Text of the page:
The APA Ethical Principles for Psychologists and Code of Conduct: Cultural Sensitivity and Diversity – is the code culturally encapsulated and biased? Emmanuel Mueke
Emmanuel Mueke. Independent Researcher.
Correspondence regarding this article should be addressed to Emmanuel Mueke, P.O. Box 44935 – 00100. Nairobi, Kenya. Contact: email@example.com
This paper explores the American Psychological Association (APA) Ethical Principles for Psychologists and Code of Conduct as regards the issue of multicultural and diverse professional practise. Its aim is to establish whether diversity and cultural variety and differences are adequately provided for in the body of the document. Psychologists are mandated to provide services to a multitude of culturally diverse and varied clients in a manner that is both professional and ethical. In such situations cultural sensitivity is fundamental and has been elevated to best practice. The code has been questioned as to the efficacy of its cultural sensitivity; firstly in terms of whether the code itself is culturally encapsulated and secondly whether there exists an explicit or implicit cultural bias. To address this issue we shall undertake a look at the code; its inherent limitations and shortcomings. Secondly the issue of the importance of cultural sensitivity and its translated application in matters of ethical service delivery shall be addressed. Keywords: APA Ethical Principles for Psychologists and Code of Conduct, ethics, multicultural, diversity, bias.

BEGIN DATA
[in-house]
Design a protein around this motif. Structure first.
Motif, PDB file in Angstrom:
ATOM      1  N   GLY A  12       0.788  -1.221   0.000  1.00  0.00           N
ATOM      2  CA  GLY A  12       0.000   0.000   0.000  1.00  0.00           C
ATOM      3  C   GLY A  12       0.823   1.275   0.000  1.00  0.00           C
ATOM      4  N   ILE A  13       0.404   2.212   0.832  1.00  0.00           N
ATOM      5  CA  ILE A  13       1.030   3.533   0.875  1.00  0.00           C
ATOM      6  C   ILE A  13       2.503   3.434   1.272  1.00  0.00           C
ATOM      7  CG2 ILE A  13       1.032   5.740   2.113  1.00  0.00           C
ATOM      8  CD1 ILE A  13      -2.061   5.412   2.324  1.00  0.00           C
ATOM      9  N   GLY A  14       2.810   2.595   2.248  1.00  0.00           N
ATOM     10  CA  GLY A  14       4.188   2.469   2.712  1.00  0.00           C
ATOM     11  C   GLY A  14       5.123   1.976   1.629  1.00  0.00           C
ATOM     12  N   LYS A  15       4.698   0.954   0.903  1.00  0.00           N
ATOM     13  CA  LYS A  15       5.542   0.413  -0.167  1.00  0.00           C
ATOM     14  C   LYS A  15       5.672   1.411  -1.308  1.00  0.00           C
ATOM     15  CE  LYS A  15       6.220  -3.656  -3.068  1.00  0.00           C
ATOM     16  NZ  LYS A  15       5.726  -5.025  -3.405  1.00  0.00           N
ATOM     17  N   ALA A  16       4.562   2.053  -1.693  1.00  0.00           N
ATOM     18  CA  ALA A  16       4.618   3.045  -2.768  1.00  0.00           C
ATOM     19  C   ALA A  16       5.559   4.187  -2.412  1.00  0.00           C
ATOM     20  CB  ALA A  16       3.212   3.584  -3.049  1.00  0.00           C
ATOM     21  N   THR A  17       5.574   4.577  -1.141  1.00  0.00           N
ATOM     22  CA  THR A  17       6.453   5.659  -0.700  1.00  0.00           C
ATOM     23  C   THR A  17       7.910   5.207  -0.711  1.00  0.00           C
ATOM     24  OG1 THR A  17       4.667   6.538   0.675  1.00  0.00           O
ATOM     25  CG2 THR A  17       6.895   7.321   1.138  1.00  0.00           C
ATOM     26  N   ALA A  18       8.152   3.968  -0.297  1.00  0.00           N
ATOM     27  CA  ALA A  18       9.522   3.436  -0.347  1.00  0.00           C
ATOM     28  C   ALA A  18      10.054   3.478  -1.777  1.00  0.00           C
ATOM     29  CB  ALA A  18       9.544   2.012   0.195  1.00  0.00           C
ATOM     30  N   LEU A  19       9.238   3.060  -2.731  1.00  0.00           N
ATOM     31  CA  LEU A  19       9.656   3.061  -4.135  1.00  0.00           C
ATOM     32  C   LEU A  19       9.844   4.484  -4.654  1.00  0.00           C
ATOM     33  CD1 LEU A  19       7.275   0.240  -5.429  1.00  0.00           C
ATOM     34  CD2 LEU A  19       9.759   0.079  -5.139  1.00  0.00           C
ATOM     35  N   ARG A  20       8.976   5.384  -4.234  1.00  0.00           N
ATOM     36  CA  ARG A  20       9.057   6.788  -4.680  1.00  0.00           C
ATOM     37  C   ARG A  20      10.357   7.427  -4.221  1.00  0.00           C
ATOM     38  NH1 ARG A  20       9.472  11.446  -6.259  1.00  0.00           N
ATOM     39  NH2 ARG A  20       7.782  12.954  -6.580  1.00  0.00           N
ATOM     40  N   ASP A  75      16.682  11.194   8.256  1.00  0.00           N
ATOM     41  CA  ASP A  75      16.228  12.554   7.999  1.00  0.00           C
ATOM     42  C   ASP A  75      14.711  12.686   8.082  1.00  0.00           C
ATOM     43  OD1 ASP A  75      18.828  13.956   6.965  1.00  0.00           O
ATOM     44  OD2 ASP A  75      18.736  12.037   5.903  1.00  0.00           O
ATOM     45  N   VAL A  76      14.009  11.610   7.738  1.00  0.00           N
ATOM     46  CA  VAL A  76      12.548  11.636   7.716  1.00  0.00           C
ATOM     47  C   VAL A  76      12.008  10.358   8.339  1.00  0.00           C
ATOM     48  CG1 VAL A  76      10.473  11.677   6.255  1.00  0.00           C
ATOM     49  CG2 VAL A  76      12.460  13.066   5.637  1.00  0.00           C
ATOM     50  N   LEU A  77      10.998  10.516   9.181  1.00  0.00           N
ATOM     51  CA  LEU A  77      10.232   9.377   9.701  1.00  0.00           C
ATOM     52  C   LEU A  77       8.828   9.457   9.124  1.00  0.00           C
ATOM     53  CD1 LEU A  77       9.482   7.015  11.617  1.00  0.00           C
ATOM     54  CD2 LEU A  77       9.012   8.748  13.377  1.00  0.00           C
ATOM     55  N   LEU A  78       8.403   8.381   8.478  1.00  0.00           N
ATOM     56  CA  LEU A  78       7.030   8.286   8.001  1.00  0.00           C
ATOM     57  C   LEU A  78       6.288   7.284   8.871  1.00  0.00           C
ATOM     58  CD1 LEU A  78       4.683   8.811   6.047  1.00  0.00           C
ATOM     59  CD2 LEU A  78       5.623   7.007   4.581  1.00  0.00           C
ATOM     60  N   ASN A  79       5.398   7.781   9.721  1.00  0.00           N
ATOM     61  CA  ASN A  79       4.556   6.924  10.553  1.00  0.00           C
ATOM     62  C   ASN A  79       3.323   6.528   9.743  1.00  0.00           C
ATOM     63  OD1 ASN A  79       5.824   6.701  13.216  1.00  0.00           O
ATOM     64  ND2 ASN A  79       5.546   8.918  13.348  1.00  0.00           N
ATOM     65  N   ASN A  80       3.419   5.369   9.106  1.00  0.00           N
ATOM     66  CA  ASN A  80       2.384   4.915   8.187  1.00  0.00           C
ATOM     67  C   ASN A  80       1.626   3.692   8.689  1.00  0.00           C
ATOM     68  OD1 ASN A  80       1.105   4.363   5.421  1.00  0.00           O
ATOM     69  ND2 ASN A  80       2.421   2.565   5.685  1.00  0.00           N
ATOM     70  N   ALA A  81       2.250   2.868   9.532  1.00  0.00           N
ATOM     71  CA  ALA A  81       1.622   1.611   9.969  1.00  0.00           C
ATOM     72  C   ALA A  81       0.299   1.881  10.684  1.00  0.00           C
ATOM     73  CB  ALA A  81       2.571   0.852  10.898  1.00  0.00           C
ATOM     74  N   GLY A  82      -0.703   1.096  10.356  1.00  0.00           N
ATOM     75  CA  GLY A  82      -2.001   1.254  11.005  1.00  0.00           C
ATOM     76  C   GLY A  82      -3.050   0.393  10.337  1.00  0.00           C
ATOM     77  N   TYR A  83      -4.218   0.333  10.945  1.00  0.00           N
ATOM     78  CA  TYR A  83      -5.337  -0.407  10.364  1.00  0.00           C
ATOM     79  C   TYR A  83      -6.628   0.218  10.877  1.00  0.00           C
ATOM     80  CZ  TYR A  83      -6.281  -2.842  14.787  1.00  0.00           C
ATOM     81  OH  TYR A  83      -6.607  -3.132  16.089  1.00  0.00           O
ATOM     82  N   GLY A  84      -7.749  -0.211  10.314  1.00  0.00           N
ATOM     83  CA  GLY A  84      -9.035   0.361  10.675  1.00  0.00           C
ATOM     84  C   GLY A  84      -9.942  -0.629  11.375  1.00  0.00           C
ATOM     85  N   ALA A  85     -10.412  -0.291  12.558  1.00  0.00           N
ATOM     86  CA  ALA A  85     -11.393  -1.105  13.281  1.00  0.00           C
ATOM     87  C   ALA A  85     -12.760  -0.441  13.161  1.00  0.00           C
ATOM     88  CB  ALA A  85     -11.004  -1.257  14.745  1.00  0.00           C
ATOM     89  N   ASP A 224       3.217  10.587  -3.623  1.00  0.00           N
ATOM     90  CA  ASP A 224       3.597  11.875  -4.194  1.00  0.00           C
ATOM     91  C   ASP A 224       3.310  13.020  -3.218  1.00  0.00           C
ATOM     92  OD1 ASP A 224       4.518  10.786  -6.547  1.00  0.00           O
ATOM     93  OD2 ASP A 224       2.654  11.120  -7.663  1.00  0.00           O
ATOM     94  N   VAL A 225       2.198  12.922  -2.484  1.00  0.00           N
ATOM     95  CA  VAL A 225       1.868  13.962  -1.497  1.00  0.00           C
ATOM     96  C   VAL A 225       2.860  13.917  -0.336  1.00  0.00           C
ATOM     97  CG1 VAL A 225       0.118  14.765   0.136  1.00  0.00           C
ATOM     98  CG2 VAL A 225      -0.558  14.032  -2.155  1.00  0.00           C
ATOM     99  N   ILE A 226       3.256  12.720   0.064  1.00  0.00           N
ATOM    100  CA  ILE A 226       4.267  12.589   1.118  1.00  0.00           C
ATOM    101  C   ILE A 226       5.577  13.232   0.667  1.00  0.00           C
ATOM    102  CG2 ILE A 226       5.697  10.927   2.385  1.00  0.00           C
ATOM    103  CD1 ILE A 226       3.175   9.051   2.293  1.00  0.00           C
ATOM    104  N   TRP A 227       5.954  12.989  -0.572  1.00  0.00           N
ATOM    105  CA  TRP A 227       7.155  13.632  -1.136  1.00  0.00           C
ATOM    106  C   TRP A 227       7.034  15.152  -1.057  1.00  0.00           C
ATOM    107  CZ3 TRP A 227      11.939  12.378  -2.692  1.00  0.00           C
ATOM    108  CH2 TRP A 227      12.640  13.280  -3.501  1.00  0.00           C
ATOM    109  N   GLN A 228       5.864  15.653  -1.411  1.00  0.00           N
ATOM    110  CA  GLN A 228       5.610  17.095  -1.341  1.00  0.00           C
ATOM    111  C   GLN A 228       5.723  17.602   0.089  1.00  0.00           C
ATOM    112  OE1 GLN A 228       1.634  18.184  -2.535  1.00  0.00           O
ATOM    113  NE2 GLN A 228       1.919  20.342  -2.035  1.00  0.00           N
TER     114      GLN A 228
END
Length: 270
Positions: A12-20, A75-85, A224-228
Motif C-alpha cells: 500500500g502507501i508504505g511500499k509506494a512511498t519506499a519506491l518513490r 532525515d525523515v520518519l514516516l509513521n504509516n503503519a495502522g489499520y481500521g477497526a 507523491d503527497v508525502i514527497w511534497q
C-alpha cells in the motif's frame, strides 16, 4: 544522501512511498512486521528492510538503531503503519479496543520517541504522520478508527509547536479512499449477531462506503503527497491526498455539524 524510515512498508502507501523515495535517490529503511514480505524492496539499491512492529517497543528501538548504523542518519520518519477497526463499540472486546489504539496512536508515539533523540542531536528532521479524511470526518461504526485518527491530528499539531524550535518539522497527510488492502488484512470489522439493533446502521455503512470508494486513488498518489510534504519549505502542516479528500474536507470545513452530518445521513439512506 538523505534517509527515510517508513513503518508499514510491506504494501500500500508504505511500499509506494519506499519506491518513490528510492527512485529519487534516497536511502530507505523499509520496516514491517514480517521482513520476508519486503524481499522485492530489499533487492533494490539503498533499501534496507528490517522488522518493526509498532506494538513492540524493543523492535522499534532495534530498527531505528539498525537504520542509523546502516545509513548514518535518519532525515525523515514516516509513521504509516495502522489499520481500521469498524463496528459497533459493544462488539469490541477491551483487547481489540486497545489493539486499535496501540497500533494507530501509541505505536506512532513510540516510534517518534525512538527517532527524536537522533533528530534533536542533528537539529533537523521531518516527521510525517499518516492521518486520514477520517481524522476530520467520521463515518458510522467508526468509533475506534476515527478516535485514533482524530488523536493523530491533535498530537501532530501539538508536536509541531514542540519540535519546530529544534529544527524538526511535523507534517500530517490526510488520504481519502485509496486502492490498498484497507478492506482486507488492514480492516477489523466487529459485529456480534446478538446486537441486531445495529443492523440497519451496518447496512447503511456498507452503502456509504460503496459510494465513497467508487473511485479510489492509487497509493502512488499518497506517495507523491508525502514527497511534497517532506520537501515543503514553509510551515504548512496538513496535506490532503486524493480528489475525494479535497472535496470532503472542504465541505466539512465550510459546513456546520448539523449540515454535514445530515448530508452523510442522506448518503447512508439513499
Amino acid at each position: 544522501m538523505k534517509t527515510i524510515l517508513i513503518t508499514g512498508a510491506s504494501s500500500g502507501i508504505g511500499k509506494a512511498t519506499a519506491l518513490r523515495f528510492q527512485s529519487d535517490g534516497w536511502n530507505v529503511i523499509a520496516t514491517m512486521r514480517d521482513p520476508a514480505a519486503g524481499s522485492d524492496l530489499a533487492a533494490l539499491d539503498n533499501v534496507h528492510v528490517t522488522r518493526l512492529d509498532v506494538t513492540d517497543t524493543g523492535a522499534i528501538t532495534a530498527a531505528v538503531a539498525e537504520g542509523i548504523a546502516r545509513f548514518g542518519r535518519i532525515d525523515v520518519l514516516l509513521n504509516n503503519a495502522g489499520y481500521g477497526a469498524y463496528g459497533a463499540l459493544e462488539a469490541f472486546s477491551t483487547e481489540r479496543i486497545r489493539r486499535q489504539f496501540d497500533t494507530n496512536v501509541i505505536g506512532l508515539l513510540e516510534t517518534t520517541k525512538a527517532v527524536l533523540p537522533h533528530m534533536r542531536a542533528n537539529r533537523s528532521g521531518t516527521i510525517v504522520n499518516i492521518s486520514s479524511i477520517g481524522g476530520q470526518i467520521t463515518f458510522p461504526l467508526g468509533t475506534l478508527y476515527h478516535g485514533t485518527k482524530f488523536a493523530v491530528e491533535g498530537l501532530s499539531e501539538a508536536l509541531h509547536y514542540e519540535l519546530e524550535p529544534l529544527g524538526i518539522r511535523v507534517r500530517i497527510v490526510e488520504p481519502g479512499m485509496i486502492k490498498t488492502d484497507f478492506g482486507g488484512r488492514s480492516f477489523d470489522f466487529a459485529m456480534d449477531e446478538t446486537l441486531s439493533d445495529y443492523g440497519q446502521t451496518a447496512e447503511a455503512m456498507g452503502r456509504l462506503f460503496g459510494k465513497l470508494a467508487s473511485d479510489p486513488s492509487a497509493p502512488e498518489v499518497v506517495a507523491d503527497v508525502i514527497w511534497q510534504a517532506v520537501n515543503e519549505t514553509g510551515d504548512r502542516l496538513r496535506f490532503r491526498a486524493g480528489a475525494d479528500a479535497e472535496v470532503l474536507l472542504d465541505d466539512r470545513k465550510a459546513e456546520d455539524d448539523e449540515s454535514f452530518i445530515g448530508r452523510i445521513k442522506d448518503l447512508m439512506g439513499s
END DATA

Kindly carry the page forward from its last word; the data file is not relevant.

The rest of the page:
The APA Ethical Principles for Psychologists and Code of Conduct: Cultural Sensitivity and Diversity – is the code culturally encapsulated and biased? Cultural sensitivity and professional ethics are central to the provision of psychologists’ services; this has led to the APA issuing guidelines in an effort to ensure that best practice is not only aspired to but more importantly achieved. This paper examines the Code of Conduct...
References: American Psychological Association. (1990). Guidelines for providers of psychological services to ethnic, linguistic, and culturally diverse populations. Washington, DC: Author. Retrieved from www.apa.org/pi/oema/guide.html
American Psychological Association. (2002). Ethical principles of psychologists and code of conduct. American Psychologist, 57, 1060-1073. Retrieved from www.apa.org/ethics.code.html
American Psychological Association. (2003). Guidelines on multicultural education, training, research, practice, and organizational change for psychologists. American Psychologist, 58, 377-402. (See www.apa.org/pi/multiculturalguidelines/homepage.html)
American Psychological Association. (2008). Report of the Task Force on the Implementation of the Multicultural Guidelines. Washington, DC: Author. Retrieved from http://www.apa.org/pi/
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